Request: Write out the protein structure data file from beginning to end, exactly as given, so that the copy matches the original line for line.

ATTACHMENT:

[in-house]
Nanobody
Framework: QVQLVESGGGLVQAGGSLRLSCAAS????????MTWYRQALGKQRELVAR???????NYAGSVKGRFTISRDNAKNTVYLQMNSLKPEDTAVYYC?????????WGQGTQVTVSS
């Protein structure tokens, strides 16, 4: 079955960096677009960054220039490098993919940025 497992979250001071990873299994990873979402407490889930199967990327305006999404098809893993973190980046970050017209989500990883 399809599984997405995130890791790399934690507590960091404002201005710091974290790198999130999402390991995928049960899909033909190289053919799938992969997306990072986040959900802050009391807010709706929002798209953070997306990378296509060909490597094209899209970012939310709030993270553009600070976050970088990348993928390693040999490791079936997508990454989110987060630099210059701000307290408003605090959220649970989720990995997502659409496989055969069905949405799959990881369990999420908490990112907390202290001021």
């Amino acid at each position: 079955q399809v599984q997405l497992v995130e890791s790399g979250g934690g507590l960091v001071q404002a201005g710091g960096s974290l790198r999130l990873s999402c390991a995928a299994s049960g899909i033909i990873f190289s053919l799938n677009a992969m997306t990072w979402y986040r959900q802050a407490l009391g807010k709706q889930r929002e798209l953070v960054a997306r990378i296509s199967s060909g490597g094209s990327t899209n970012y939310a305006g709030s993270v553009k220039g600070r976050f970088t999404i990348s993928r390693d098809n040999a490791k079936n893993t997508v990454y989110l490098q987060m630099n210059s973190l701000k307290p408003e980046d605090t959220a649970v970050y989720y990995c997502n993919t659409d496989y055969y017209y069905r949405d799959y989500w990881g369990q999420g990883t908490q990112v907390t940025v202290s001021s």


[in-house]
Nanobody
Framework: QVQLVESGGGLVQAGGSLRLSCAAS????????MTWYRQALGKQRELVAR???????NYAGSVKGRFTISRDNAKNTVYLQMNSLKPEDTAVYYC?????????WGQGTQVTVSS
């Protein structure tokens, strides 16, 4: 079955960096677009960054220039490098993919940025 497992979250001071990873299994990873979402407490889930199967990327305006999404098809893993973190980046970050017209989500990883 399809599984997405995130890791790399934690507590960091404002201005710091974290790198999130999402390991995928049960899909033909190289053919799938992969997306990072986040959900802050009391807010709706929002798209953070997306990378296509060909490597094209899209970012939310709030993270553009600070976050970088990348993928390693040999490791079936997508990454989110987060630099210059701000307290408003605090959220649970989720990995997502659409496989055969069905949405799959990881369990999420908490990112907390202290001021």
């Amino acid at each position: 079955q399809v599984q997405l497992v995130e890791s790399g979250g934690g507590l960091v001071q404002a201005g710091g960096s974290l790198r999130l990873s999402c390991a995928a299994s049960g899909i033909i990873f190289s053919l799938n677009a992969m997306t990072w979402y986040r959900q802050a407490l009391g807010k709706q889930r929002e798209l953070v960054a997306r990378i296509s199967s060909g490597g094209s990327t899209n970012y939310a305006g709030s993270v553009k220039g600070r976050f970088t999404i990348s993928r390693d098809n040999a490791k079936n893993t997508v990454y989110l490098q987060m630099n210059s973190l701000k307290p408003e980046d605090t959220a649970v970050y989720y990995c997502n993919t659409d496989y055969y017209y069905r949405d799959y989500w990881g369990q999420g990883t908490q990112v907390t940025v202290s001021s």